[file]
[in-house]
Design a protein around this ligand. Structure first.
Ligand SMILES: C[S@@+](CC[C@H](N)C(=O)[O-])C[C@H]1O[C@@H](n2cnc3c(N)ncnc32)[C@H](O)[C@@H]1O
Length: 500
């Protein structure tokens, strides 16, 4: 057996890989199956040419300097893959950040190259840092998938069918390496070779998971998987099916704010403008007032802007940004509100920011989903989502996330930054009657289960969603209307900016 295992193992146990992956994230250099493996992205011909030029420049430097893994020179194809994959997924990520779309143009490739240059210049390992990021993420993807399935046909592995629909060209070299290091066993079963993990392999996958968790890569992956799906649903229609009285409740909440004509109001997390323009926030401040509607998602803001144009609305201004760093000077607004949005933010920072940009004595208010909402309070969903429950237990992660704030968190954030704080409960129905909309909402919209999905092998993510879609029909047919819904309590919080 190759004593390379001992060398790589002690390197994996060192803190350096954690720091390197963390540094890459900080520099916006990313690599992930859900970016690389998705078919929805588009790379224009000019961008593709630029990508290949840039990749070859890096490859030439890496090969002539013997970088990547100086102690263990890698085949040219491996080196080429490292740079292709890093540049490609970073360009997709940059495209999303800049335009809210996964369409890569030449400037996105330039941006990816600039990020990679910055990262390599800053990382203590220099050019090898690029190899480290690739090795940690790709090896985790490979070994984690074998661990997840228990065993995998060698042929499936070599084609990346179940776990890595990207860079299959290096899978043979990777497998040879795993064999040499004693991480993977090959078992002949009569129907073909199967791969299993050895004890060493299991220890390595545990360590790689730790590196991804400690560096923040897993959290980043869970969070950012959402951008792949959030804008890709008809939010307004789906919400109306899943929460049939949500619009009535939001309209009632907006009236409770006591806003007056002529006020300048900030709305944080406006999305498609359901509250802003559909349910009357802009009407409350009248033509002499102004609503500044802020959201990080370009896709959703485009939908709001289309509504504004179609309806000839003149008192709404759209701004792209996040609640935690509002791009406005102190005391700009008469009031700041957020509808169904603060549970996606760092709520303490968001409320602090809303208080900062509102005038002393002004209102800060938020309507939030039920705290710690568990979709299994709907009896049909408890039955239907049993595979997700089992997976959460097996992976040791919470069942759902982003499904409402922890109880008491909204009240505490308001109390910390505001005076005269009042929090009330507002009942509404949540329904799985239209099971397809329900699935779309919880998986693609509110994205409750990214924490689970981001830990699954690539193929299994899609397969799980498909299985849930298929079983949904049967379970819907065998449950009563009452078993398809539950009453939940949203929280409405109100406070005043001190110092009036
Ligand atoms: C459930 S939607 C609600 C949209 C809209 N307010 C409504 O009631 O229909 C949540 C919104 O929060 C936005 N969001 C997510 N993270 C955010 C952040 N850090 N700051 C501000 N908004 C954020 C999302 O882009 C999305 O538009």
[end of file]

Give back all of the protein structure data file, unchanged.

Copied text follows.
[in-house]
Design a protein around this ligand. Structure first.
Ligand SMILES: C[S@@+](CC[C@H](N)C(=O)[O-])C[C@H]1O[C@@H](n2cnc3c(N)ncnc32)[C@H](O)[C@@H]1O
Length: 500
């Protein structure tokens, strides 16, 4: 057996890989199956040419300097893959950040190259840092998938069918390496070779998971998987099916704010403008007032802007940004509100920011989903989502996330930054009657289960969603209307900016 295992193992146990992956994230250099493996992205011909030029420049430097893994020179194809994959997924990520779309143009490739240059210049390992990021993420993807399935046909592995629909060209070299290091066993079963993990392999996958968790890569992956799906649903229609009285409740909440004509109001997390323009926030401040509607998602803001144009609305201004760093000077607004949005933010920072940009004595208010909402309070969903429950237990992660704030968190954030704080409960129905909309909402919209999905092998993510879609029909047919819904309590919080 190759004593390379001992060398790589002690390197994996060192803190350096954690720091390197963390540094890459900080520099916006990313690599992930859900970016690389998705078919929805588009790379224009000019961008593709630029990508290949840039990749070859890096490859030439890496090969002539013997970088990547100086102690263990890698085949040219491996080196080429490292740079292709890093540049490609970073360009997709940059495209999303800049335009809210996964369409890569030449400037996105330039941006990816600039990020990679910055990262390599800053990382203590220099050019090898690029190899480290690739090795940690790709090896985790490979070994984690074998661990997840228990065993995998060698042929499936070599084609990346179940776990890595990207860079299959290096899978043979990777497998040879795993064999040499004693991480993977090959078992002949009569129907073909199967791969299993050895004890060493299991220890390595545990360590790689730790590196991804400690560096923040897993959290980043869970969070950012959402951008792949959030804008890709008809939010307004789906919400109306899943929460049939949500619009009535939001309209009632907006009236409770006591806003007056002529006020300048900030709305944080406006999305498609359901509250802003559909349910009357802009009407409350009248033509002499102004609503500044802020959201990080370009896709959703485009939908709001289309509504504004179609309806000839003149008192709404759209701004792209996040609640935690509002791009406005102190005391700009008469009031700041957020509808169904603060549970996606760092709520303490968001409320602090809303208080900062509102005038002393002004209102800060938020309507939030039920705290710690568990979709299994709907009896049909408890039955239907049993595979997700089992997976959460097996992976040791919470069942759902982003499904409402922890109880008491909204009240505490308001109390910390505001005076005269009042929090009330507002009942509404949540329904799985239209099971397809329900699935779309919880998986693609509110994205409750990214924490689970981001830990699954690539193929299994899609397969799980498909299985849930298929079983949904049967379970819907065998449950009563009452078993398809539950009453939940949203929280409405109100406070005043001190110092009036
Ligand atoms: C459930 S939607 C609600 C949209 C809209 N307010 C409504 O009631 O229909 C949540 C919104 O929060 C936005 N969001 C997510 N993270 C955010 C952040 N850090 N700051 C501000 N908004 C954020 C999302 O882009 C999305 O538009």